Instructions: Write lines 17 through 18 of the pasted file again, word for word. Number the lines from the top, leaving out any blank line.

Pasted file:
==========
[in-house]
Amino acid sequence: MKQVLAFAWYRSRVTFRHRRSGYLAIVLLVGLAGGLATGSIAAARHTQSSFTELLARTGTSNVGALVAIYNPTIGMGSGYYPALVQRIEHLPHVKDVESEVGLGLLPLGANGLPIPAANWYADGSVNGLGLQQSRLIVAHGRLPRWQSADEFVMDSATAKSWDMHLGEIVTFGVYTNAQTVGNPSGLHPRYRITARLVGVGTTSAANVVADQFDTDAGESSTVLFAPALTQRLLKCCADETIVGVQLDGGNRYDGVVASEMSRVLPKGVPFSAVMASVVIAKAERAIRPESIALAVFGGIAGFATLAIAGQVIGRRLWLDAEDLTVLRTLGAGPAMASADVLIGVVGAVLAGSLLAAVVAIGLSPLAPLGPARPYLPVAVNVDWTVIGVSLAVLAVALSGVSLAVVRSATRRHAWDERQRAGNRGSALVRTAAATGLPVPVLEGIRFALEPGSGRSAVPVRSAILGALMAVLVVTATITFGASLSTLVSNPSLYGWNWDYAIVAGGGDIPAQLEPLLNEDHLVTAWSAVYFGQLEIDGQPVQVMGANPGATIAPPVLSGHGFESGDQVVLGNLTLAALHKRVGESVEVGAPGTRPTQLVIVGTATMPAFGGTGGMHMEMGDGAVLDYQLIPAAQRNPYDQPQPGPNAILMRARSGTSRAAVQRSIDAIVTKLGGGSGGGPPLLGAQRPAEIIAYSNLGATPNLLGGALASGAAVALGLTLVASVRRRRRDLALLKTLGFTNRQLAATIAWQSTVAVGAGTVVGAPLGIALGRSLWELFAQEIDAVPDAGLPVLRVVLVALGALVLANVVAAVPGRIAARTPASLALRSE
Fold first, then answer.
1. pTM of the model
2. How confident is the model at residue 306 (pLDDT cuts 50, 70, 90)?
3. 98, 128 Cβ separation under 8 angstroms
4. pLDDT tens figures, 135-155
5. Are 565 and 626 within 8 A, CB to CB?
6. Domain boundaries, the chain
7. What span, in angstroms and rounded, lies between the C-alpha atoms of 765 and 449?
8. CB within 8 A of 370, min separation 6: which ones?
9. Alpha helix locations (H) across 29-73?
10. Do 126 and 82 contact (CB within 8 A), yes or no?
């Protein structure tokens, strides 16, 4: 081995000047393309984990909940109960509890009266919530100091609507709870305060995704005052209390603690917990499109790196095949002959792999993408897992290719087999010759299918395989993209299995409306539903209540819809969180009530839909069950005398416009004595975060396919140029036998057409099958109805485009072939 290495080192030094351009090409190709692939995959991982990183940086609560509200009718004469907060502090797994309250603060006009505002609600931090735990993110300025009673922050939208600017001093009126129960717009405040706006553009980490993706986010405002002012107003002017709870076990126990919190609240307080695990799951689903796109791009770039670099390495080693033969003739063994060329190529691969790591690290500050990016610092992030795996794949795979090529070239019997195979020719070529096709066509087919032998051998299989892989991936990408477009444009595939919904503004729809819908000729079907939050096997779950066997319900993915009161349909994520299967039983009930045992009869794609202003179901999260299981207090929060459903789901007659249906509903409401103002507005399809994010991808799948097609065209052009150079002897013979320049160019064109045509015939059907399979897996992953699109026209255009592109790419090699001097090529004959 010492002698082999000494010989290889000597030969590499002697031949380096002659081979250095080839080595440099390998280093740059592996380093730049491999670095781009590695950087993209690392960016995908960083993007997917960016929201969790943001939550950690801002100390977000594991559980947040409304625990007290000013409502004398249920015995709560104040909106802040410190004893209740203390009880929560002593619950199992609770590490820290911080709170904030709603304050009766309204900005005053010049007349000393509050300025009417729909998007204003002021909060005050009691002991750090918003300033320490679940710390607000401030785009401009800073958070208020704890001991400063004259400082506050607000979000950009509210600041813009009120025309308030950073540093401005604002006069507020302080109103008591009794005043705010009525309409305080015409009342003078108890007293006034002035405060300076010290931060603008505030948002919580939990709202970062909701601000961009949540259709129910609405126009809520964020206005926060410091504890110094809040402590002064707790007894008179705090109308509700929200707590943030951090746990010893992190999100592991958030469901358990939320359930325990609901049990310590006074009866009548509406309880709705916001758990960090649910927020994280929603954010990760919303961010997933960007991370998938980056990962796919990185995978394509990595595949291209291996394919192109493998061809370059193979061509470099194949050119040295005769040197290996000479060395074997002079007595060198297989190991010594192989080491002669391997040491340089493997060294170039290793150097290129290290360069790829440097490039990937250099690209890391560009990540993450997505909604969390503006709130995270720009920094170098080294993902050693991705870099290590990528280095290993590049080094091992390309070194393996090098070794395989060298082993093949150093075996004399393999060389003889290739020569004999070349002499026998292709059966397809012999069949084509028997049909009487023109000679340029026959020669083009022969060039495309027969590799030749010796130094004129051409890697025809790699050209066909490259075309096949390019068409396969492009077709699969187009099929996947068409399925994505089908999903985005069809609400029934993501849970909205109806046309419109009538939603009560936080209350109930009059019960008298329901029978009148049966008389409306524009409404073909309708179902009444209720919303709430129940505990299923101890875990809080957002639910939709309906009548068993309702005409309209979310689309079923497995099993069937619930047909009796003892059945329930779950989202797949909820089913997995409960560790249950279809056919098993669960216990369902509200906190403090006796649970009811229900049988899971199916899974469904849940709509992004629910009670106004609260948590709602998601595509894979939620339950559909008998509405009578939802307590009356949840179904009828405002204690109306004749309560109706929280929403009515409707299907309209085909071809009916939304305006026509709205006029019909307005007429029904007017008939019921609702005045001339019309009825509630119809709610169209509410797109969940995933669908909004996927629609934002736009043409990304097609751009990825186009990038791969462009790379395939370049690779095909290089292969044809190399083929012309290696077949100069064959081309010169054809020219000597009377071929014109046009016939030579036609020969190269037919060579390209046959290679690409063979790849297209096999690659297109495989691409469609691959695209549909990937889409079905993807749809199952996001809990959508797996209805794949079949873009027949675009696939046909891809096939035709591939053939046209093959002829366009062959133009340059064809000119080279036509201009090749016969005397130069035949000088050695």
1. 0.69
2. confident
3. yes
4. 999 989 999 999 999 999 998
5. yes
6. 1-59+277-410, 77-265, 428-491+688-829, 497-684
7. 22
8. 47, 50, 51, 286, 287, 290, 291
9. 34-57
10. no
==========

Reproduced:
3. yes
4. 999 989 999 999 999 999 998